Maja Pawinska Sims 28 Mar 2023 // 5:36PM GMT
FRANKFURT — The operating environment for companies and brands is more complex than ever after a tumultuous three-year period that saw a global pandemic, social upheaval, a reassessment of how we work and war in Europe – but these challenges also present an opportunity for communicators to accelerate their value in a world where trust, credibility and reputation are at a premium, according to speakers at the PRovoke EMEA Summit last week.
Chairing a panel entitled ‘The Gamechanging Power of PR’, PRovoke Media founder and chair Paul Holmes set the scene for a wide-ranging conversation on the ongoing transformation of the industry: “There are a lot of people in communications who are suddenly being asked questions about not just what to say, but what to do. PR and corporate communications people are being asked to analyse the geopolitical and reputational risks of doing business with Russia, for instance – we’re being asked questions we weren’t being asked five years ago. At the same time, there are a lot of CEOs who didn’t train for this and are not prepared for this vast array of issues they are suddenly being asked to have opinions about and know the intricacies of.”
Nevashnee Naicker, head of corporate communications at Anglo American – and a recipient of the PRovoke Media individual achievement award at the SABRE Awards last week – said the result of this new world order was that the communications fraternity was having “a fantastic Cinderella moment.” She expanded: “We used to be the runt of the corporate functions litter: overlooked, always poor, and not given the attention we needed, but we have come of age.
“But having a seat at the table isn’t like you kiss the prince and live happily ever after: now we have to do something. We have such an incredible opportunity to really shape what that future will look like: how do we start informing, shaping and guiding? Communications has become a really important point of convergence in an organisation, where most functions look vertically but comms has to have this overview across everything the business is doing and make sure it is coherent. We live in an always on world, where information is democratised and your reputation and credibility, founded on trust, mean that you have to be the voice of wisdom – and for people to take it seriously. Nothing happens in my world any more without it passing through the communications function.”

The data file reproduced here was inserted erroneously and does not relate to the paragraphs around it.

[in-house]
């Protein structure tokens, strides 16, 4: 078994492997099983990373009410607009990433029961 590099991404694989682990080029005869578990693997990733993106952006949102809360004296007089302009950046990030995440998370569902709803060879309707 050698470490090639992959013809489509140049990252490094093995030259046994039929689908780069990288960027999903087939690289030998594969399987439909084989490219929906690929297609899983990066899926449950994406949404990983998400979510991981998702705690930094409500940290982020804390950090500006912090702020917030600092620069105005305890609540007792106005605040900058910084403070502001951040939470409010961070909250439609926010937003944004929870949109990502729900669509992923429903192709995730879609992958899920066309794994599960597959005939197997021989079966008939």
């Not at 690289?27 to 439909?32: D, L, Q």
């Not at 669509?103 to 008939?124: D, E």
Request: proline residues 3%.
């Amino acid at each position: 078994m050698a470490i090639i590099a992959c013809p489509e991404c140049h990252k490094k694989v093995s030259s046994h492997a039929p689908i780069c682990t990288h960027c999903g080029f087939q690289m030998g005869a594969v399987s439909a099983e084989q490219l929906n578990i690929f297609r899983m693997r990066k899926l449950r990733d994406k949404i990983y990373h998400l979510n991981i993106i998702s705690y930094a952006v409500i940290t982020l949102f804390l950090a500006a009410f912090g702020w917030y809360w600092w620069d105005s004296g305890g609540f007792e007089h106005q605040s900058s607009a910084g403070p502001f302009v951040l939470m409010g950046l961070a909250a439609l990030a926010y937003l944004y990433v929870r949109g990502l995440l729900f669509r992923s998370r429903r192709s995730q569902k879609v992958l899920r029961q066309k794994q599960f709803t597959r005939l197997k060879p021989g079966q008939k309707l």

Abhinav Kumar, chief marketing and communications officer for global markets at TCS, agreed that the pandemic was “an inflection point” for the communications function. “The profession should be jumping into the front passenger seat, next to the CEO driving the car, and advising her on where she should be going. The biggest complement I ever got from CEO was ‘you do everything I do – you need to know our business, risks, stakeholders and how to deal with them – the only difference is I also have P&L responsibility. All the other things, you need to watch my back.’ Being a CCO is a tough role, you are acting as a coach to the CEO, at the same time where you own profession is seeing so much change and innovation. We need to advise CEOs in a fractured world.”
Kumar said there were still yet more ways in which PR professionals could play a role in supporting CEOs, including in technology: “It’s evolving so fast, generative AI is exploding, as are comms tech and marketing tech – I saw a statistic that from the 150 tools available to our profession in 2010, this has grown to 9,932 this year. The ability of the comms department to keep up to pace with what’s out there and what they should be using is difficult – if agencies can create centres of technology excellence, that might be the next line of service.”
At TRACCS, one of the largest independent PR agencies in the Middle East, chief executive Mohamed Al Ayed said: “The whole concept of trusted advisor is where comms should be. We are competent in and able to deliver communications narrative, strategy, content, counsel – and we do that well. When someone comes in and asks us things beyond our core competencies – around business, shareholder returns, investments – we don’t say no, but we don’t take the whole responsibility. That’s responsible communications. I don’t believe we have seen the last transformation of the comms industry – it’s not finished, it’s just getting started.”